The Bush administration planned from the outset to dominate Iraq by pursuing the de facto ethnic partition of the country into three autonomous, ethnically divided territories for Sunnis, Kurds and Shi’ah respectively. This division is at the heart of the current violence and fracture that has gripped the country. The democratic parliament and legislative assembly the US set up in Iraq turned the nation into a factional state with an everlasting factional infighting becoming a permanent state of affairs. Iraq’s first parliamentary elections in 2005 institutionalised sectarian and ethnic differences.
6. The various troop surges ended the insurgency
It was not the troop surge that ended the violence but America’s enlisting of both Iran and Turkey. Iran initiated its proxy the Islamic Supreme Council of Iraq (ISCI) a group created in Tehran with full backing in 1982. Abdel Aziz al-Hakim its supreme leader until his death in 2009, gathered the major Shi’ah factions to partake in Iraq’s US constructed government, this left the US with an insurgency around Baghdad only to contend with. Turkey played a central role in ensuring the US constructed architecture came together. Turkey brought the different groups together in forming the governments in the elections that took place. As one analyst put it: “Turkey has long facilitated the political stability in Iraq and hereafter Ankara would play a more critical role in Iraq’s political process because Ankara’s role in Iraqi politics balances the impact of Iran on Iraq.”
7. Allied forces were very careful in collateral deaths using precision ammunition only
The US and its allies carried out the total destruction of Iraq’s civilian infrastructure, whether this was conducted using accurate missiles or not led to untold deaths. Signs of carnage, bombed buses, pulverized homes, incinerated markets, flattened civilian structures and bombed neighbourhoods still exist in Iraq today
The most rigorous epidemiological study of the Iraqi civilian death toll was published in the leading peer-reviewed British medical journal Lancet, and undertaken by John Hopkins University’s Bloomberg School of Public Health. It estimated 655,000 excess Iraqi civilian deaths due to the war, employing standard statistical methods widely used in the scientific community.
8. The two parliamentary elections that have taken place vindicate the West
The current tensions in Iraq have been growing since the 2010 elections where sectarian alliances and divisions were central to the outcome. Whilst the Iraqi National Movement, led by former Prime Minister Ayad Allawi, gained the most seats it was unable to form a coalition government. The State of Law alliance, headed by Prime Minister Nouri al-Maliki and the National Iraqi Alliance, composed of mostly pro-Iran groups formed the government. The ethno-sectarian differences were so strong to overcome it took over 8 months for the fractious government to take its place in Iraq’s leadership. Ever since, al-Maliki has accumulated more power. He appointed those close to him in the oil ministry and military and intelligence services. To further solidify his control, al-Maliki began eliminating potential rivals. In December 2011, al-Maliki reportedly banned Sunni Deputy Prime Minister Salehal-Mutlaq from Cabinet meetings and issued an arrest warrant for Vice President Tariq al-Hashimi; both men were members of the Sunni-backed al-Iraqiya List. Al-Maliki’s consolidation of power is leading to all factions utilising their militia’s in order to gain influence over the central government, which all want to use to enrich their own factions.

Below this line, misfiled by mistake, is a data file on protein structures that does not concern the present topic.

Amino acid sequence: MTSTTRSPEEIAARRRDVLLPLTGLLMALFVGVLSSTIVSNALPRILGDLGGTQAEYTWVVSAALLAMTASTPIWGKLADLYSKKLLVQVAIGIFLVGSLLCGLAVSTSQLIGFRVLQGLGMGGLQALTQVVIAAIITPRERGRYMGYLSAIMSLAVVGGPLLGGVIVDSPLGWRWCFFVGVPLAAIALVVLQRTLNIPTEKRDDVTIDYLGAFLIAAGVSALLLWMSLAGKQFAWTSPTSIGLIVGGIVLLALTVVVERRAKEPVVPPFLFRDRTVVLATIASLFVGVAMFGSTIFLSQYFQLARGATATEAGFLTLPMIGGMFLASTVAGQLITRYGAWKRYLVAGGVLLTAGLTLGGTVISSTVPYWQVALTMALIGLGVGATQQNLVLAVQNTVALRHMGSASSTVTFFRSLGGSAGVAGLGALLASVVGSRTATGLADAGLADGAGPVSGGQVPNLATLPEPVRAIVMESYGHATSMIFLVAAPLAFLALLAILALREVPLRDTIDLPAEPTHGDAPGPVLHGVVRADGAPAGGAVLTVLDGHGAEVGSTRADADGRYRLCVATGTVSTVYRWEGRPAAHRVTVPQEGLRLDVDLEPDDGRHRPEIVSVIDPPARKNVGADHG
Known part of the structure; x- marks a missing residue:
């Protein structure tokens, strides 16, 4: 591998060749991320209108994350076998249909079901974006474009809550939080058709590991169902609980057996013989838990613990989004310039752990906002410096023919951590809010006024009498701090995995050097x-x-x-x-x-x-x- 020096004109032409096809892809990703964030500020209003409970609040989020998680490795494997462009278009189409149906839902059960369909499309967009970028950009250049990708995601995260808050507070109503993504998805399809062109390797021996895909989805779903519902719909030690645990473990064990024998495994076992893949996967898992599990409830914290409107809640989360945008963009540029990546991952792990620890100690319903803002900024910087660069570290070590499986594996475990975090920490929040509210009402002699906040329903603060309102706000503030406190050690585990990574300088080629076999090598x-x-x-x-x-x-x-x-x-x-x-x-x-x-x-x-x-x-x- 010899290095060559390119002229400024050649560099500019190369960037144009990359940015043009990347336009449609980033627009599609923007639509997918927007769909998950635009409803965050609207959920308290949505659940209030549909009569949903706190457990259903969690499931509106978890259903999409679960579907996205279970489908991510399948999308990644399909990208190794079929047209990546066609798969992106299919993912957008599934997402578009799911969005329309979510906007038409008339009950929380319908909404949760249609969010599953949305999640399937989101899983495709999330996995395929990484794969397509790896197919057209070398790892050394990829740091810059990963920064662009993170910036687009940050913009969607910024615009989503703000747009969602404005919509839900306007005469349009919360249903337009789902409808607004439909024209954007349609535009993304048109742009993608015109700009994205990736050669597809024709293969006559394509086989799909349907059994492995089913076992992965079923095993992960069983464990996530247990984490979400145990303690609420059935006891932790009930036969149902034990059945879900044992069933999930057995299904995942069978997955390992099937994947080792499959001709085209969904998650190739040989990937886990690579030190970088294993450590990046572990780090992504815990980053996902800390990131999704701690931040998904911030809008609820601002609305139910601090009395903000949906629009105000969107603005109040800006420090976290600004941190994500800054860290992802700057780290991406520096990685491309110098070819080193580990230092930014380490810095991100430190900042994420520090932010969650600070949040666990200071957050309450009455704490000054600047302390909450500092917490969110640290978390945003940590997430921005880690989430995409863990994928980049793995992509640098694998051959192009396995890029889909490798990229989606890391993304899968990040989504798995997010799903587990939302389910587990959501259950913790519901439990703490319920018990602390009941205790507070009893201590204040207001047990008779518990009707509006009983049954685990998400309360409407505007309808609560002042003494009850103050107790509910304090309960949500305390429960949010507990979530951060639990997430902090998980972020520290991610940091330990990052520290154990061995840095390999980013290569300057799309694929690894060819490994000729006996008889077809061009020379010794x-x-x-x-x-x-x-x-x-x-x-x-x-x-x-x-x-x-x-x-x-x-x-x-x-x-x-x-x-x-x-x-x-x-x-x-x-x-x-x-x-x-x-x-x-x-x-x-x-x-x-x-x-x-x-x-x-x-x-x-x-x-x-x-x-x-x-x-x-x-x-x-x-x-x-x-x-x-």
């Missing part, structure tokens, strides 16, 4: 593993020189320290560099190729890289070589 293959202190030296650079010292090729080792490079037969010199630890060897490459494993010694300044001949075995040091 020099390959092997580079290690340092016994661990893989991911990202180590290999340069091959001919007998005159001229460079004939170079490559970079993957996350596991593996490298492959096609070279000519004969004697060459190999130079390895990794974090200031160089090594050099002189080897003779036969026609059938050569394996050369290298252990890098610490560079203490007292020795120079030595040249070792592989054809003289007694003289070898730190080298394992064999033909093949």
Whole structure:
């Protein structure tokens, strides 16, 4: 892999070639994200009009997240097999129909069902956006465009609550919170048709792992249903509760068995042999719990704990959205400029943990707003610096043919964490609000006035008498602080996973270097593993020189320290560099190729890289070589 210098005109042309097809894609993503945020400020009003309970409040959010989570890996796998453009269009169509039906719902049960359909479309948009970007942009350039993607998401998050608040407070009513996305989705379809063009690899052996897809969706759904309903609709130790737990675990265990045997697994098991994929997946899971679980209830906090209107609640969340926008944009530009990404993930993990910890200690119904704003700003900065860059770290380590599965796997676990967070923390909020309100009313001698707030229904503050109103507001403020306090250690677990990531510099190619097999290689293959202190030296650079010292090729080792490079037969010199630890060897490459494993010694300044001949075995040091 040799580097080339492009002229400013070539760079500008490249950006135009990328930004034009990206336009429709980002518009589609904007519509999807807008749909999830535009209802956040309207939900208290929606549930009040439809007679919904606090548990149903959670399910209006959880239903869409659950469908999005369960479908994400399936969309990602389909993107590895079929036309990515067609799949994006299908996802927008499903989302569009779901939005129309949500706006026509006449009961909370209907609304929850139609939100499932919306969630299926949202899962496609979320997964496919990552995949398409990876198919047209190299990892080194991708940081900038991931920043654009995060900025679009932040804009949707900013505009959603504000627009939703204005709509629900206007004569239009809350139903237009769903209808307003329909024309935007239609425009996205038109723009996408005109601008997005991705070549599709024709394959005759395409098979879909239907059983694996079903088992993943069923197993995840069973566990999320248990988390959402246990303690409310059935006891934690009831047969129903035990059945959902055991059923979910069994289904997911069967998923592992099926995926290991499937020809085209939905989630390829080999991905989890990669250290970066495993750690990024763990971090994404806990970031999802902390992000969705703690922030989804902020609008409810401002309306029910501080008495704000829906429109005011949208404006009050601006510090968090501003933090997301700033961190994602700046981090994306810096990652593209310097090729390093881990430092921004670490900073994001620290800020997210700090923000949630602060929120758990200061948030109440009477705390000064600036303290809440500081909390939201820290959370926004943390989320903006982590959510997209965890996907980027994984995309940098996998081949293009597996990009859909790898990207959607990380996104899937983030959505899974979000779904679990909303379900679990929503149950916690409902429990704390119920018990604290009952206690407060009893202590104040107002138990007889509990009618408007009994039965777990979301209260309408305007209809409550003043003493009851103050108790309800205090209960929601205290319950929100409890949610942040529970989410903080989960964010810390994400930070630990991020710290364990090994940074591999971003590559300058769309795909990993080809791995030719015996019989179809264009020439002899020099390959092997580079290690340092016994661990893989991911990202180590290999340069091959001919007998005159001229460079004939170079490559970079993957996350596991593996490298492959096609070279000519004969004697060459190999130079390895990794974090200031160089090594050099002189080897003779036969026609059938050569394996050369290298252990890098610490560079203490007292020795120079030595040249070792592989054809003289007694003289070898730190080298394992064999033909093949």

9. Without foreign intervention sectarianism would have destroyed the country.
The US has replaced a brutal system in Iraq, which was headed by a dictator that the US for so long propped up, with a corrupt system that recognises the ethnic and sectarian breakdown of Iraq. This has kept Iraq divided forever and as the constant jockeying for political power has shown democracy has created fertile ground for polarised politics instead of dictatorial politics. Democracy rather than solve nationalism, tribalism or sectarianism, in reality recognises such corruption and incorporates it into a system of parliamentary politics allowing various factions to fight and jockey for their petty interests. This means in the long run violence will continue as a means to settle ethnic differences.
10. The West has remained committed to Iraq through continued investment
A number of countries participated in Iraq order to benefit from its energy spoils. The Australian defence minister admitted in 2007 that securing oil supplies was a key factor behind the presence of Australian troops in Iraq. American and British firms won early lucrative contracts in oil and gas, in a bid to develop Iraq’s largest oilfields. Beyond energy, however, investment is at most modest and Iraqi officials have expressed disappointment. All sectors of Iraq’s economy need to be rebuilt, from housing and industry to telecommunications and financial services, in order to restore basic services to the country. There is growing anger that the ruling elite is stealing or embezzling much of the country’s $2bn (£1.3bn) a week in oil revenues, depleting funding for electricity, water, health care, housing, education and even rubbish collection. Transparency International says that in 2012 Iraq was the fourth most corrupt country in the world, out of 178 countries surveyed. Whilst there has been some investment in Iraq this has overwhelmingly been in energy, which will in the long term only benefit the west who consume most of the worlds oil.